Abu Dhabi/ Tanegashima (Japan): UAE’s ever greatest space mission, its Mars probe launching has been finalized to July 20th. The launch date was postponed two times due to the bad weather at the launch site, which is an island called Tanegashima in Japan. The new launch will occur from Tanegashima at 1:58 AM in the UAE time.
The Emirates-built craft aims to study the climate of the Red Planet and is due to arrive in February 2021, in time for the country’s 50th anniversary. The Emirates-built craft aims to study the climate of the Red Planet and is due to arrive in February 2021, in time for the country’s 50th anniversary. The Hope probe launch was initially scheduled to be on 15th July but was deferred to 17th July. Since the weather conditions were not compromising, the second deferment was to 20th of this month. However, the Mars Mission officials stated that the launch date may still face a putting off as the bad weather still persists in the island.
“The updated launch date and time for H-IIA Launch Vehicle No. 42 is July 20, 2020 at 6:58:14 (Japan Standard Time),” said a spokesman for Mitsubishi Heavy Industries, the launch provider. “There are possibilities for further delay affected by the latest weather forecast.” The Hope probe will begin the initial stages of its 500-million-kilometre journey on board the H-IIA rocket. After leaving Earth’s orbit, the 1.3 tons craft will be released, travelling an estimated 200 days before it reaches Mars.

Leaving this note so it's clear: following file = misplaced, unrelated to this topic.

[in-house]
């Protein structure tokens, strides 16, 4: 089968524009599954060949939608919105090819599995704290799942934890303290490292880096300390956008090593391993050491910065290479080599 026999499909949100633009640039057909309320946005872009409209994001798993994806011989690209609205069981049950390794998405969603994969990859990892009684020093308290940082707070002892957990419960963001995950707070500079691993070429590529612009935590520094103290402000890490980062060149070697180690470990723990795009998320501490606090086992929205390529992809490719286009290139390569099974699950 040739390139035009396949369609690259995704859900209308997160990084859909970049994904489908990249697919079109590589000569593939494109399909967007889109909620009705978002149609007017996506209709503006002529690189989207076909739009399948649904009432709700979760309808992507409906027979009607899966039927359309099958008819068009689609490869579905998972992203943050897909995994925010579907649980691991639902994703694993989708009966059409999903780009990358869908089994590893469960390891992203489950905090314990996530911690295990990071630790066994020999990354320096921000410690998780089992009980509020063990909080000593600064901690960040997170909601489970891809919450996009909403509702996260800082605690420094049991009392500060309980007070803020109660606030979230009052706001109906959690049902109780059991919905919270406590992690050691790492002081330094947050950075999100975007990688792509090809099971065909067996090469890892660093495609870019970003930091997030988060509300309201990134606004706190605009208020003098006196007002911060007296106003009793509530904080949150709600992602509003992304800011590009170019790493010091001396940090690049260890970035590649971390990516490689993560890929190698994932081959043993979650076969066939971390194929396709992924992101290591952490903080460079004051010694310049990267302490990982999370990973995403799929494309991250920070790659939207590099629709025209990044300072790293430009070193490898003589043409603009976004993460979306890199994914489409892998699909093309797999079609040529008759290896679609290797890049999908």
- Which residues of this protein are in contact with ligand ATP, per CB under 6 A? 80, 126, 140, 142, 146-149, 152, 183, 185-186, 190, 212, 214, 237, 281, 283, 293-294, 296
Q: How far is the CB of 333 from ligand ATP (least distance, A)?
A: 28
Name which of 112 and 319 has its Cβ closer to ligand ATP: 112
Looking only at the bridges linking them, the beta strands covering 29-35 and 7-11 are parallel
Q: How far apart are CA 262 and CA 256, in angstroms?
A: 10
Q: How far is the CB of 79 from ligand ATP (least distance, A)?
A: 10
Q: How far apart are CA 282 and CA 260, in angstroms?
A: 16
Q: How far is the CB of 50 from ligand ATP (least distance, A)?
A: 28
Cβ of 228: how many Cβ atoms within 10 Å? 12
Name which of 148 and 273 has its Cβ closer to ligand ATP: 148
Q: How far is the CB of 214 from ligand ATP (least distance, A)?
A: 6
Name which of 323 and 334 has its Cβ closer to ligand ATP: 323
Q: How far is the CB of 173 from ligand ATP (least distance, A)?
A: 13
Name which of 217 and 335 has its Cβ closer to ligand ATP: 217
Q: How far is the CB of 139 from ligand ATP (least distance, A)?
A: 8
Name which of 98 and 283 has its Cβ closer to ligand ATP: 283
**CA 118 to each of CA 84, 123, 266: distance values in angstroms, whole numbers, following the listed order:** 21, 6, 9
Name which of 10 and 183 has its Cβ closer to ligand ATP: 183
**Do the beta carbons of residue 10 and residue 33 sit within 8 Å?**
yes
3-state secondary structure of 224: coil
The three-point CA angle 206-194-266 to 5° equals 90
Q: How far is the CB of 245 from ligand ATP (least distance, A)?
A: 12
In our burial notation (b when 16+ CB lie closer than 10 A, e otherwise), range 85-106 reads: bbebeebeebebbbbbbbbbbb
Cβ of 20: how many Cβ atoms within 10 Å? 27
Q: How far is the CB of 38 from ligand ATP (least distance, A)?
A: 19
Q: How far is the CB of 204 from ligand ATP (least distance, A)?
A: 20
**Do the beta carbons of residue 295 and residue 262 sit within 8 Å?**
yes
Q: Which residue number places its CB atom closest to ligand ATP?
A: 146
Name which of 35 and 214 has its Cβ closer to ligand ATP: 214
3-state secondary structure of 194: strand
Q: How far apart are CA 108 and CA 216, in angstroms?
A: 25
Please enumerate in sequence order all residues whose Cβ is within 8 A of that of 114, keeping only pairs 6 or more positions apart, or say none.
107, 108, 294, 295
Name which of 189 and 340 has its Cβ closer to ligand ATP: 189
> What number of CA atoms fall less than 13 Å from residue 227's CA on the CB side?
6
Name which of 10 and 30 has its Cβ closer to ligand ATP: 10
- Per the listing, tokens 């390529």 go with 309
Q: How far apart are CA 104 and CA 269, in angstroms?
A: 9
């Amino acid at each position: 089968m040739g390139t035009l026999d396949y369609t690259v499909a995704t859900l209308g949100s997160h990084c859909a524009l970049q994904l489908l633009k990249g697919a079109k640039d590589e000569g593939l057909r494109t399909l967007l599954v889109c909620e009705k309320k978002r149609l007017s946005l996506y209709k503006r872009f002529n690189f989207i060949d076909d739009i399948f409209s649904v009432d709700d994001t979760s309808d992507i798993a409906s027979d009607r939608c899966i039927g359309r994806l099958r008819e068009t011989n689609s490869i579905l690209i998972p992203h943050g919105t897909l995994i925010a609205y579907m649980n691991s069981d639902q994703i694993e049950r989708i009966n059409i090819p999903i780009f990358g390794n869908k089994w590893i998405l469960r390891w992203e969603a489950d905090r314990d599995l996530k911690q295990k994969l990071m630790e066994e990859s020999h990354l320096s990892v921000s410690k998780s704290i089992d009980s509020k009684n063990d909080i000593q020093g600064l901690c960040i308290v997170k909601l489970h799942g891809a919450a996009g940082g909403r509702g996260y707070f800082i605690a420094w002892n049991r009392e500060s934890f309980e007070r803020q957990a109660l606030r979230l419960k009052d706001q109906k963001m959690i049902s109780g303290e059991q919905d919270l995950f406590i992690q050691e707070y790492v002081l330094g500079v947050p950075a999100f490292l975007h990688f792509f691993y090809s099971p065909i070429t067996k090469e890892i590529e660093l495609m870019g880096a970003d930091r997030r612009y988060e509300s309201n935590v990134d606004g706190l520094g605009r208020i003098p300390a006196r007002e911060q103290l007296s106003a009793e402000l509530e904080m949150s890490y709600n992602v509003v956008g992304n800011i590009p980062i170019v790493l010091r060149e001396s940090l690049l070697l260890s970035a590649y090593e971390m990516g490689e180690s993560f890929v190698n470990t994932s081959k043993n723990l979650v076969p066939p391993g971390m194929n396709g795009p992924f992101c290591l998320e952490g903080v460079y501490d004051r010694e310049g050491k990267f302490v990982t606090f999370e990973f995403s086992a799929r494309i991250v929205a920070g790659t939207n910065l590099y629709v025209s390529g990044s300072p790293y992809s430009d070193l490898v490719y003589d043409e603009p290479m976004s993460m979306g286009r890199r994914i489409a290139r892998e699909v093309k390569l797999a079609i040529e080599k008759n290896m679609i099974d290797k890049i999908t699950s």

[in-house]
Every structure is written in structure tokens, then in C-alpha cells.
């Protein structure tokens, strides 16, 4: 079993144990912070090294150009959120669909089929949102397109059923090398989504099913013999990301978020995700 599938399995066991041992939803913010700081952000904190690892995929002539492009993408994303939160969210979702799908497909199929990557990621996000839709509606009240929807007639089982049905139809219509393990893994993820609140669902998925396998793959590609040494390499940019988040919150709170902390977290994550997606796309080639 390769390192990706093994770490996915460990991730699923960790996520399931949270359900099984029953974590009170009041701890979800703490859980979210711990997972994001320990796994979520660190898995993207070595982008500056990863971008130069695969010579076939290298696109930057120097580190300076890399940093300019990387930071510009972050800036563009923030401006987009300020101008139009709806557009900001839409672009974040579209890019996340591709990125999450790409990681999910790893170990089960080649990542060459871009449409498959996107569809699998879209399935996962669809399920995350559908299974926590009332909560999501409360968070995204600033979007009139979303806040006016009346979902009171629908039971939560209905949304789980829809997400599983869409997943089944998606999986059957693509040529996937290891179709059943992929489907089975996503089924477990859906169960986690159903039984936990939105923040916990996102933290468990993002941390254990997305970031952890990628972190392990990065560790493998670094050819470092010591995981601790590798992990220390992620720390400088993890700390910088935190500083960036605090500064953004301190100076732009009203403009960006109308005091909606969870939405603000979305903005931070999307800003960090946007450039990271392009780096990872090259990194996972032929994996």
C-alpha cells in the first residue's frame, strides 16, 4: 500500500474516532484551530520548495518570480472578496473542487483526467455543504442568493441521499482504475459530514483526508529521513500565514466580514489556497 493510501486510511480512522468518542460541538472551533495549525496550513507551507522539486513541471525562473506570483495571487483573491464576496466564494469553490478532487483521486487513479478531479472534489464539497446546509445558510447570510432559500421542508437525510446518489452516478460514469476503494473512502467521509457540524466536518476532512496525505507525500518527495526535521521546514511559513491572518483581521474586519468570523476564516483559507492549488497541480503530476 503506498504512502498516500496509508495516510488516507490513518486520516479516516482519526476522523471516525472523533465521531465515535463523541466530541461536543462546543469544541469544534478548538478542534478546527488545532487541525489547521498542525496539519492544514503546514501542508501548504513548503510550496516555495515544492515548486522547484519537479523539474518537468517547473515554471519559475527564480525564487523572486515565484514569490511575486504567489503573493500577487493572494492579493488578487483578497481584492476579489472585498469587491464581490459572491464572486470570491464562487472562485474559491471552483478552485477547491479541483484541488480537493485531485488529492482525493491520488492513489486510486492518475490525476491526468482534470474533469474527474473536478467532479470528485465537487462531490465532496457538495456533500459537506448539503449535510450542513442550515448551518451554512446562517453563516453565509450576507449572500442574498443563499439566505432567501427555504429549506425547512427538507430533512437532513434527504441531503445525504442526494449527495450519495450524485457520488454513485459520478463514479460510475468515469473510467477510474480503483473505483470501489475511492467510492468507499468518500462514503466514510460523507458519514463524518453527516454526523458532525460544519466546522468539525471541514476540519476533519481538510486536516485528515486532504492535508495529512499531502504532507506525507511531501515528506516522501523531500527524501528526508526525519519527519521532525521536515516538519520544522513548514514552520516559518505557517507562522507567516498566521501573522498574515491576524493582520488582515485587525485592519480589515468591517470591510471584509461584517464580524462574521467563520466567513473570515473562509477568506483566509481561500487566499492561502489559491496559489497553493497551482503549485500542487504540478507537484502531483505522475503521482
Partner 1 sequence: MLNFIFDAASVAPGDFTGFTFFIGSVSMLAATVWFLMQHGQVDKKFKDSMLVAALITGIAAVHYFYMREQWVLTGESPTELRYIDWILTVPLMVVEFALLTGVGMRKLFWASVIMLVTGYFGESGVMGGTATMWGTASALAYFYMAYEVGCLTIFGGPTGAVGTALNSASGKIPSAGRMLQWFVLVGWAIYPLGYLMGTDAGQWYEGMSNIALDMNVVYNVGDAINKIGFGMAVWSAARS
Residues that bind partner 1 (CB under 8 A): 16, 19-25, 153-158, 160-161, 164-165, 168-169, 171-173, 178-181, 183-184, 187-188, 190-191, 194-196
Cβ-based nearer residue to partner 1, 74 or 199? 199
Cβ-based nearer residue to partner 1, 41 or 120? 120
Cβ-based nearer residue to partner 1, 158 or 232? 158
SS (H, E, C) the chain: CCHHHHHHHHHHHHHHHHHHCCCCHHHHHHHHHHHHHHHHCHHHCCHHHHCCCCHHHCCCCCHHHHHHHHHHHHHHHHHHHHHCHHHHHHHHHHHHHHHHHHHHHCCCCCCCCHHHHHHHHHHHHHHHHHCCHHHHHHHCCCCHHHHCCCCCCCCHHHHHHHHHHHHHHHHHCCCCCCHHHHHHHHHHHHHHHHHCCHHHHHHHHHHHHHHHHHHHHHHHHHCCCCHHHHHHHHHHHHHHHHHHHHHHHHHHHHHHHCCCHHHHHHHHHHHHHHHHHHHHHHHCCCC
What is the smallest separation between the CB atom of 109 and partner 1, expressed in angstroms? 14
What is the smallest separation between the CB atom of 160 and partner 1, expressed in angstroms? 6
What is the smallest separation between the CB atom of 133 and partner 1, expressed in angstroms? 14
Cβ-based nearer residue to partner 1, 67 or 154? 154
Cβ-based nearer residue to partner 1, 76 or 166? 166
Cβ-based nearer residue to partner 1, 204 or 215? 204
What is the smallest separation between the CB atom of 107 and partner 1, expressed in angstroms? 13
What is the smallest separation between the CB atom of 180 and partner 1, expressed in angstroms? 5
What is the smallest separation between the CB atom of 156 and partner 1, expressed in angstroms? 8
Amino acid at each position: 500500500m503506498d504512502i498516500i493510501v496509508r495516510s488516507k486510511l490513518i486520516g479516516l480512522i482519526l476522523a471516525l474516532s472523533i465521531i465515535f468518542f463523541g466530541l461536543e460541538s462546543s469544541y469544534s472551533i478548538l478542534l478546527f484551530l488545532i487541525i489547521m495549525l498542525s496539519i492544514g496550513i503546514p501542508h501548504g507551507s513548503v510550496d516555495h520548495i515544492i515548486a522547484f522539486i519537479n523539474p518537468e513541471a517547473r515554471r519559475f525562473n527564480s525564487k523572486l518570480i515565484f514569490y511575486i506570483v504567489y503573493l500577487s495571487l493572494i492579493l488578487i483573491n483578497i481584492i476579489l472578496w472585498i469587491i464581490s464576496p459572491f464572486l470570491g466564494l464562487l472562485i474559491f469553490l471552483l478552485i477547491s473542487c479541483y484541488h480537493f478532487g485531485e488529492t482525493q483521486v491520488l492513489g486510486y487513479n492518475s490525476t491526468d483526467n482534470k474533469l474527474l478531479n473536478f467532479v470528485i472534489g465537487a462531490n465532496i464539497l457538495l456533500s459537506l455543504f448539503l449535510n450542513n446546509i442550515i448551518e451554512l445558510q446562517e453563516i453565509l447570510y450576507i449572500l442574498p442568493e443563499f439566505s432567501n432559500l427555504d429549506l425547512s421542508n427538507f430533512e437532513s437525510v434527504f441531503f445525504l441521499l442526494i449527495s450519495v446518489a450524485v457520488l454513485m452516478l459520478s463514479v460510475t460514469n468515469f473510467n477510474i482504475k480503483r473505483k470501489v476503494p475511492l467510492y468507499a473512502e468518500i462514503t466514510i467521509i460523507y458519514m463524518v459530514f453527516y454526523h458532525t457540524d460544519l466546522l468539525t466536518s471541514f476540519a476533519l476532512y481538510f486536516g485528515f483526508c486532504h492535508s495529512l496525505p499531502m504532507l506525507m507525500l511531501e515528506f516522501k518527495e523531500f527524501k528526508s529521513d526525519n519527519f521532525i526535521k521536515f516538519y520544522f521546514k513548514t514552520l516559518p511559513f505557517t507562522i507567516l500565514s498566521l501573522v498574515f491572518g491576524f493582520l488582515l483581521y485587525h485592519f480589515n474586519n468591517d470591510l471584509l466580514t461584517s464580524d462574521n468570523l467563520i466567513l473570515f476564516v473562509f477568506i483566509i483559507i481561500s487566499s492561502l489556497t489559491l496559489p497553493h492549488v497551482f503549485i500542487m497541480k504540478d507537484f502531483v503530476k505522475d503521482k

The team has a relatively narrow window to begin the mission. After August 3, scientists will have to wait until 2022 until Mars and Earth are suitably aligned again. Over the past few weeks, Tanegashima Island has been battered by heavy rain and strong winds – conditions that could potentially damage both the rocket and spacecraft. In the meantime, UAE Mars Mission and the Mitsubishi Heavy Industries released the launch criteria of the probe carrying rocket:
- Peak wind speed should not exceed 20.9 metres per second
- Rain should be less than 8mm per hour
- No cumulonimbus clouds in flight trajectory
- No atmospheric discharge in the flight trajectory
- No lightning within 10km of the launch site
- No lightning observed within 20km of flight path
While the whole nation is eager for witnessing its biggest space mission, the continuous putting off for their dream to achieve has never reduced the people’s confidence. In response to an initiative by Sheikh Mohammed bin Rashid, Vice President and Ruler of Dubai, to recruit for the post of scientists, inventors and researchers to work in the UAE Mars Mission, 37,000 applications were received.
More applications came from Egypt than any other country, with 19,391 requests. That was followed by Iraq (6,447), Algeria (4,836), Morocco (3,107), the UAE (692), Jordan (681), Palestine (422), Syria (406), Tunisia (370) and Saudi Arabia (361). Registration is now closed for the first round. A committee of scientists, researchers and other experts will evaluate applicants based on their qualifications, achievements and skills potential. Ahmad Al Falasi, chairman of the UAE Space Agency, said “The project reflects an investment in the growing vital sectors like space science and advanced technologies”. “This long-term investment will strengthen the overall development of the Arab world,” he said.